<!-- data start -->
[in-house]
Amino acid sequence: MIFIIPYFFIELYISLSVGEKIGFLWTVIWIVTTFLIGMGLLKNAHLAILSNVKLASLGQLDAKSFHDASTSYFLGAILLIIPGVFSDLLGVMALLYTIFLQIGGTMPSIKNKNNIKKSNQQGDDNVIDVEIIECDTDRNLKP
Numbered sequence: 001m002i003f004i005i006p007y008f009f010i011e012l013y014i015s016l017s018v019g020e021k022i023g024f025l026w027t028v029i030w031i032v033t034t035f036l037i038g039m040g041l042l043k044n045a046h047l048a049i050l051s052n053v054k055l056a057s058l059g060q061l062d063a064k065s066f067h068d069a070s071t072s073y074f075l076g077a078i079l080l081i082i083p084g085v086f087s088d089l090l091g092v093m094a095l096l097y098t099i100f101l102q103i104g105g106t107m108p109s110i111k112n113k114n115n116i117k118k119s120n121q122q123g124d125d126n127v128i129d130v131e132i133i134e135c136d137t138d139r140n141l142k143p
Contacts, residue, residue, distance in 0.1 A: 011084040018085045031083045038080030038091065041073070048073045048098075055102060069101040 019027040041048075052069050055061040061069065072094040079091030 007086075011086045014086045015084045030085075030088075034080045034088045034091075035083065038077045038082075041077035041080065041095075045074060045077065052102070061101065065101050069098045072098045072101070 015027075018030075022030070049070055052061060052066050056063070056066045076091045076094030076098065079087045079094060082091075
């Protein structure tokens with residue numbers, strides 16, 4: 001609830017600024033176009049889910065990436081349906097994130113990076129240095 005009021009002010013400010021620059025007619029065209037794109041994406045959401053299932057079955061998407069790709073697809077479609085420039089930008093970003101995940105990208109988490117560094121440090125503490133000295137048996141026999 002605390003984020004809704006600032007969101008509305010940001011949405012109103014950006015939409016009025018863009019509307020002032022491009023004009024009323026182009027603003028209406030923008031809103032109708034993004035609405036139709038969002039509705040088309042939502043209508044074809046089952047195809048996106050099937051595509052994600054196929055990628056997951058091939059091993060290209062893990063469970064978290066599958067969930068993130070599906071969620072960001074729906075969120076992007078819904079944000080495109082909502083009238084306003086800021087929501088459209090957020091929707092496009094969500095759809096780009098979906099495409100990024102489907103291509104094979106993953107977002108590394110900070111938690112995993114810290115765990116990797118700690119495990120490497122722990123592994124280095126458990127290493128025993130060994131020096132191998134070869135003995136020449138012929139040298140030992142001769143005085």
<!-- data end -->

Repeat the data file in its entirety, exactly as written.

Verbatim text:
[in-house]
Amino acid sequence: MIFIIPYFFIELYISLSVGEKIGFLWTVIWIVTTFLIGMGLLKNAHLAILSNVKLASLGQLDAKSFHDASTSYFLGAILLIIPGVFSDLLGVMALLYTIFLQIGGTMPSIKNKNNIKKSNQQGDDNVIDVEIIECDTDRNLKP
Numbered sequence: 001m002i003f004i005i006p007y008f009f010i011e012l013y014i015s016l017s018v019g020e021k022i023g024f025l026w027t028v029i030w031i032v033t034t035f036l037i038g039m040g041l042l043k044n045a046h047l048a049i050l051s052n053v054k055l056a057s058l059g060q061l062d063a064k065s066f067h068d069a070s071t072s073y074f075l076g077a078i079l080l081i082i083p084g085v086f087s088d089l090l091g092v093m094a095l096l097y098t099i100f101l102q103i104g105g106t107m108p109s110i111k112n113k114n115n116i117k118k119s120n121q122q123g124d125d126n127v128i129d130v131e132i133i134e135c136d137t138d139r140n141l142k143p
Contacts, residue, residue, distance in 0.1 A: 011084040018085045031083045038080030038091065041073070048073045048098075055102060069101040 019027040041048075052069050055061040061069065072094040079091030 007086075011086045014086045015084045030085075030088075034080045034088045034091075035083065038077045038082075041077035041080065041095075045074060045077065052102070061101065065101050069098045072098045072101070 015027075018030075022030070049070055052061060052066050056063070056066045076091045076094030076098065079087045079094060082091075
């Protein structure tokens with residue numbers, strides 16, 4: 001609830017600024033176009049889910065990436081349906097994130113990076129240095 005009021009002010013400010021620059025007619029065209037794109041994406045959401053299932057079955061998407069790709073697809077479609085420039089930008093970003101995940105990208109988490117560094121440090125503490133000295137048996141026999 002605390003984020004809704006600032007969101008509305010940001011949405012109103014950006015939409016009025018863009019509307020002032022491009023004009024009323026182009027603003028209406030923008031809103032109708034993004035609405036139709038969002039509705040088309042939502043209508044074809046089952047195809048996106050099937051595509052994600054196929055990628056997951058091939059091993060290209062893990063469970064978290066599958067969930068993130070599906071969620072960001074729906075969120076992007078819904079944000080495109082909502083009238084306003086800021087929501088459209090957020091929707092496009094969500095759809096780009098979906099495409100990024102489907103291509104094979106993953107977002108590394110900070111938690112995993114810290115765990116990797118700690119495990120490497122722990123592994124280095126458990127290493128025993130060994131020096132191998134070869135003995136020449138012929139040298140030992142001769143005085």